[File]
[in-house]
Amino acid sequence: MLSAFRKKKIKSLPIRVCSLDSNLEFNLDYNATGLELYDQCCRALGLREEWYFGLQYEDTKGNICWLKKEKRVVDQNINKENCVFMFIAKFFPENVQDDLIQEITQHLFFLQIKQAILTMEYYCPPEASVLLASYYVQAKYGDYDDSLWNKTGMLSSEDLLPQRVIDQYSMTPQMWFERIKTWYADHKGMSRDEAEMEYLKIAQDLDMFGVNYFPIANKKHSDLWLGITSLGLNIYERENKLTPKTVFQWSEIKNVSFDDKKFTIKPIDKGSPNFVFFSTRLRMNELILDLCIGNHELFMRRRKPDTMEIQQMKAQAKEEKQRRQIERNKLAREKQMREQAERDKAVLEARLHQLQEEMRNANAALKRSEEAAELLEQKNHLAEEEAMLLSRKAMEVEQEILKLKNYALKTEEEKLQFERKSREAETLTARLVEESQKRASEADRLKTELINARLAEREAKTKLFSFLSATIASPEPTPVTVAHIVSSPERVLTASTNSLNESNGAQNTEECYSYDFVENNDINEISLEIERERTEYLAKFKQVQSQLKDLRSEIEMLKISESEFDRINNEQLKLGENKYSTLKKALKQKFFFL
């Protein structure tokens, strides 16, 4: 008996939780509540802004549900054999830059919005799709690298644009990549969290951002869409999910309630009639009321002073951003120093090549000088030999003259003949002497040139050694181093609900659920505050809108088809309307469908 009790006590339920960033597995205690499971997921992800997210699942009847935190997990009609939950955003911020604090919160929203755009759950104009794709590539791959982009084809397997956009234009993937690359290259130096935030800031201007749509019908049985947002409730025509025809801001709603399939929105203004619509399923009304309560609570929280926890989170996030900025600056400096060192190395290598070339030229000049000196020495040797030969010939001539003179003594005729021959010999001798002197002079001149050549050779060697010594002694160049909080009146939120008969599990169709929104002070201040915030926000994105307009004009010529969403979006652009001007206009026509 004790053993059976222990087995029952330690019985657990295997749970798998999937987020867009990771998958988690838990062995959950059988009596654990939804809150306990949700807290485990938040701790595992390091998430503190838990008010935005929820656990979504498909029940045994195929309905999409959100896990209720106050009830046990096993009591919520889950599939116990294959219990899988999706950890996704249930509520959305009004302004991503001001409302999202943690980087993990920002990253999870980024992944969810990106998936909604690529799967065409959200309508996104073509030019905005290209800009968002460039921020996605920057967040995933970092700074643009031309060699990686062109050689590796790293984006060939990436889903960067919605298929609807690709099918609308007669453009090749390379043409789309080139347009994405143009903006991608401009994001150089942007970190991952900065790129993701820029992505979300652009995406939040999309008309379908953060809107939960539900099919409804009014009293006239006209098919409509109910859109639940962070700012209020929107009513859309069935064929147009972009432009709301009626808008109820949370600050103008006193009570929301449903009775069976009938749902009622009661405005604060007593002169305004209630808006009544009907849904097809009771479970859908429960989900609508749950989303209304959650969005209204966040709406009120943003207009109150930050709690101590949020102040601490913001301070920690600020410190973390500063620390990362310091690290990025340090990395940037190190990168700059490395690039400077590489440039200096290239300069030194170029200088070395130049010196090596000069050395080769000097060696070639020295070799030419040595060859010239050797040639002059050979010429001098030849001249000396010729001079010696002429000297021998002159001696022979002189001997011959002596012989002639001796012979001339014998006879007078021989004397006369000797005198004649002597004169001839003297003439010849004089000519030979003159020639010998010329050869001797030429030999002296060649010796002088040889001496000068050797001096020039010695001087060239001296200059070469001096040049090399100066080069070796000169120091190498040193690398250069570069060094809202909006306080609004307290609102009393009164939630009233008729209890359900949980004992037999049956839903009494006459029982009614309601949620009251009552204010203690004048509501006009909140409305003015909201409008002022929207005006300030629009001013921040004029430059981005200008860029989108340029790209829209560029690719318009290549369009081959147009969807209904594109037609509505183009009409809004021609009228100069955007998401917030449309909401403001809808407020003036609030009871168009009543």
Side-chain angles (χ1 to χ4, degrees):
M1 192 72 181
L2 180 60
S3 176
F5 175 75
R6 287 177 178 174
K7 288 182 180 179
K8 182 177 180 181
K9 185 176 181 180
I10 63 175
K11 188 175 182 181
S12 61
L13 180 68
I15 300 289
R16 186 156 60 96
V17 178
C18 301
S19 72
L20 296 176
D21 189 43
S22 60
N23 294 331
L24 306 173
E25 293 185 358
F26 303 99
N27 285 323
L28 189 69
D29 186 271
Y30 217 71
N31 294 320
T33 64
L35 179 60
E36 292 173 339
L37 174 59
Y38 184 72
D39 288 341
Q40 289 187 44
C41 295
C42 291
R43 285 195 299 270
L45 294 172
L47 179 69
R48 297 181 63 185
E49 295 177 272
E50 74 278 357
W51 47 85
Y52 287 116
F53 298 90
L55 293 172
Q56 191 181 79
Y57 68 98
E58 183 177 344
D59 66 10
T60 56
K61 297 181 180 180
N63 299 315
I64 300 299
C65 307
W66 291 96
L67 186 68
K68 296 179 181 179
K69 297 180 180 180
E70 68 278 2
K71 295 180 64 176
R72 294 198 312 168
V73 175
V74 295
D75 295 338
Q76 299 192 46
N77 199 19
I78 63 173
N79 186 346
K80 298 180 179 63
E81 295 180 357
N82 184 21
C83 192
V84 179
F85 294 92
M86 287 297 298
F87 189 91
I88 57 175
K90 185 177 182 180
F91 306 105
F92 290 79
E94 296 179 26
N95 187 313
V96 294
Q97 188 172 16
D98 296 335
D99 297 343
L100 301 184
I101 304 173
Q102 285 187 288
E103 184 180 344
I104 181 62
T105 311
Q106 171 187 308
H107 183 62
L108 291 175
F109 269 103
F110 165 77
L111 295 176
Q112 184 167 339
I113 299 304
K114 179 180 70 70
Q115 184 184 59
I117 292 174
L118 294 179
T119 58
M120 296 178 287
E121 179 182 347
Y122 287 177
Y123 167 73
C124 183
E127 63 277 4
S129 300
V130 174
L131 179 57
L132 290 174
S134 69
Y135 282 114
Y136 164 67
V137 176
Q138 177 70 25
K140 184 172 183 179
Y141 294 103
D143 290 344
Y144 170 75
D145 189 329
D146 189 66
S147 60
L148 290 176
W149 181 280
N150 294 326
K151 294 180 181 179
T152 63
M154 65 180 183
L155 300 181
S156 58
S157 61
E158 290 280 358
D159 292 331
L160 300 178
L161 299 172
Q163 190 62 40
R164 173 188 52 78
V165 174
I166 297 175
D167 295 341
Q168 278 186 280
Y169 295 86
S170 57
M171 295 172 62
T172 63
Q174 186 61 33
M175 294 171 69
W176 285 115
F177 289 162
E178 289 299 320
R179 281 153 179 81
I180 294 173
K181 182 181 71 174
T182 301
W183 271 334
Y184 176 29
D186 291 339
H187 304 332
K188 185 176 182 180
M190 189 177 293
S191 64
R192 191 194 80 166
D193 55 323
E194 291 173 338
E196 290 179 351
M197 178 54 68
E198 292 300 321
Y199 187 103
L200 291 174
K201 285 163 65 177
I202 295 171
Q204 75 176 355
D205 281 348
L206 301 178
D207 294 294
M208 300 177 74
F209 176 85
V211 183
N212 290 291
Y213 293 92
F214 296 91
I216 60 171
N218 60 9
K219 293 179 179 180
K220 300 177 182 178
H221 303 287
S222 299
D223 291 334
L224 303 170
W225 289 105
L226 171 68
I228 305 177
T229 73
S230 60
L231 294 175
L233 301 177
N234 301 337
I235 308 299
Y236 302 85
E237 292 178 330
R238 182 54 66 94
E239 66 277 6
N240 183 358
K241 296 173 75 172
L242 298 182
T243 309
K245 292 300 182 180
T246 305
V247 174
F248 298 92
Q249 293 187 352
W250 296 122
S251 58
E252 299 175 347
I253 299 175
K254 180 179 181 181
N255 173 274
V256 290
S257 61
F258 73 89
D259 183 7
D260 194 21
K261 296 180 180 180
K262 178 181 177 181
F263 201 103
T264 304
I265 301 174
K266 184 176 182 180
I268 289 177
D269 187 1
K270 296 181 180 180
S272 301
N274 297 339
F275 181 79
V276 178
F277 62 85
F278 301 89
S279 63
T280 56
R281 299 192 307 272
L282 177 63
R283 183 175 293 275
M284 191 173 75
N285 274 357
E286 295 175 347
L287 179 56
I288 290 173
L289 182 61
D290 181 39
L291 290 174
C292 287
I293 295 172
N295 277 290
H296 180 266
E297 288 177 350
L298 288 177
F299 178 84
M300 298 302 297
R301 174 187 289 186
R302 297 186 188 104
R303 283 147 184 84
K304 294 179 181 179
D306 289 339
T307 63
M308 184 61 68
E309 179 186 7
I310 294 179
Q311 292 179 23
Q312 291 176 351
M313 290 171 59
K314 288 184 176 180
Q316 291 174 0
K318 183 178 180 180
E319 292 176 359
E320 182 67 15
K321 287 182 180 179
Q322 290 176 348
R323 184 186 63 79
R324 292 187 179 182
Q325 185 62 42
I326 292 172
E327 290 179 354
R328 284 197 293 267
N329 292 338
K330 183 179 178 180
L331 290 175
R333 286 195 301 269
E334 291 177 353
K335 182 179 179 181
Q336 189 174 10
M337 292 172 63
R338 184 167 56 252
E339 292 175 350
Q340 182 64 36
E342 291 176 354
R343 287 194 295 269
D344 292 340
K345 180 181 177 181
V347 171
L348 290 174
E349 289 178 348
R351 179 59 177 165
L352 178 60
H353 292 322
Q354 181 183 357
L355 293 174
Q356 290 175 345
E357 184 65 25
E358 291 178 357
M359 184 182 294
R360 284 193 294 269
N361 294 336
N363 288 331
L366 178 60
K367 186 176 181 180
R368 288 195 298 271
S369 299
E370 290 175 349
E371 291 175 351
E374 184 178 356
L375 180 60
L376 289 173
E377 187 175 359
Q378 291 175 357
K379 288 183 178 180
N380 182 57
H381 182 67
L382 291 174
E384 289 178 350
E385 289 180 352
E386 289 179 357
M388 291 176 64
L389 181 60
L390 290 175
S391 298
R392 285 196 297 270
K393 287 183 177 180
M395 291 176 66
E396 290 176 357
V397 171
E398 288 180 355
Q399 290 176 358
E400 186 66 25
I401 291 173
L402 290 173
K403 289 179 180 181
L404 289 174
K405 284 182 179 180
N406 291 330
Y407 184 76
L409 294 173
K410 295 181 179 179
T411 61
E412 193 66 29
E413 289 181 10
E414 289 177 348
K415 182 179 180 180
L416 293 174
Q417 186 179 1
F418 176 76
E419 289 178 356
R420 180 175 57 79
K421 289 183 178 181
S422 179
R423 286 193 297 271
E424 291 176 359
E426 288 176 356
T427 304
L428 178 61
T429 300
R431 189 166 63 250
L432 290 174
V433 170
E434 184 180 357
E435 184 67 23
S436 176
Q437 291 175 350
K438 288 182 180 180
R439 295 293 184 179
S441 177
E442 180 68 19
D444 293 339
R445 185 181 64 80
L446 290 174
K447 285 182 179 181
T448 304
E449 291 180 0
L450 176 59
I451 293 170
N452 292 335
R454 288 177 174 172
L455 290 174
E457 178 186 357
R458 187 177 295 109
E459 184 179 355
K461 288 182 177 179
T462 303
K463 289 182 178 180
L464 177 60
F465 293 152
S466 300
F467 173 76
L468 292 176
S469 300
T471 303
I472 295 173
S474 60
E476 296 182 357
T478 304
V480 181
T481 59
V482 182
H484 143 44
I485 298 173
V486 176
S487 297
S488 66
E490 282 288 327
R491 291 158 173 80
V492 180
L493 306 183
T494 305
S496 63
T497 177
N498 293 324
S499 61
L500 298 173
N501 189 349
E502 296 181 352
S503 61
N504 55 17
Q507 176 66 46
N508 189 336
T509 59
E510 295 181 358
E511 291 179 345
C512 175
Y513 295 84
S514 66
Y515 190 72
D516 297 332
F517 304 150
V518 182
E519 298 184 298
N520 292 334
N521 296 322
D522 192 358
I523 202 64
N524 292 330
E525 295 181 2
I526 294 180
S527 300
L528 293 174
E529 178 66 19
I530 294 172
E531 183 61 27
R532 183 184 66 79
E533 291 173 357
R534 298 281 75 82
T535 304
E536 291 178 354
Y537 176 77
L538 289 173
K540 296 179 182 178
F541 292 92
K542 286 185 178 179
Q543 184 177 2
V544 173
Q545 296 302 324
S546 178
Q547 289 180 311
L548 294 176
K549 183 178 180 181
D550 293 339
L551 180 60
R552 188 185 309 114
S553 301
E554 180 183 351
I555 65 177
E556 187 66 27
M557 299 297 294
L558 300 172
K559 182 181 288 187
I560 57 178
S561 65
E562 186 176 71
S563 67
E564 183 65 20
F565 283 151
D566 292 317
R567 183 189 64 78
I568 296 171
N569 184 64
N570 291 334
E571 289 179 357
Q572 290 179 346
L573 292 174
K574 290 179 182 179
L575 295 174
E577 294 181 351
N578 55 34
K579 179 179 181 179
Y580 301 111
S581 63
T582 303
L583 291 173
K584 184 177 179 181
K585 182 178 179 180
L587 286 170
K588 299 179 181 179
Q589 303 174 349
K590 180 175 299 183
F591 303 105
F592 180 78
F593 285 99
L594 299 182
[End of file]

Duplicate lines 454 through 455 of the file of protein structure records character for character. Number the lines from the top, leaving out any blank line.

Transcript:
F517 304 150
V518 182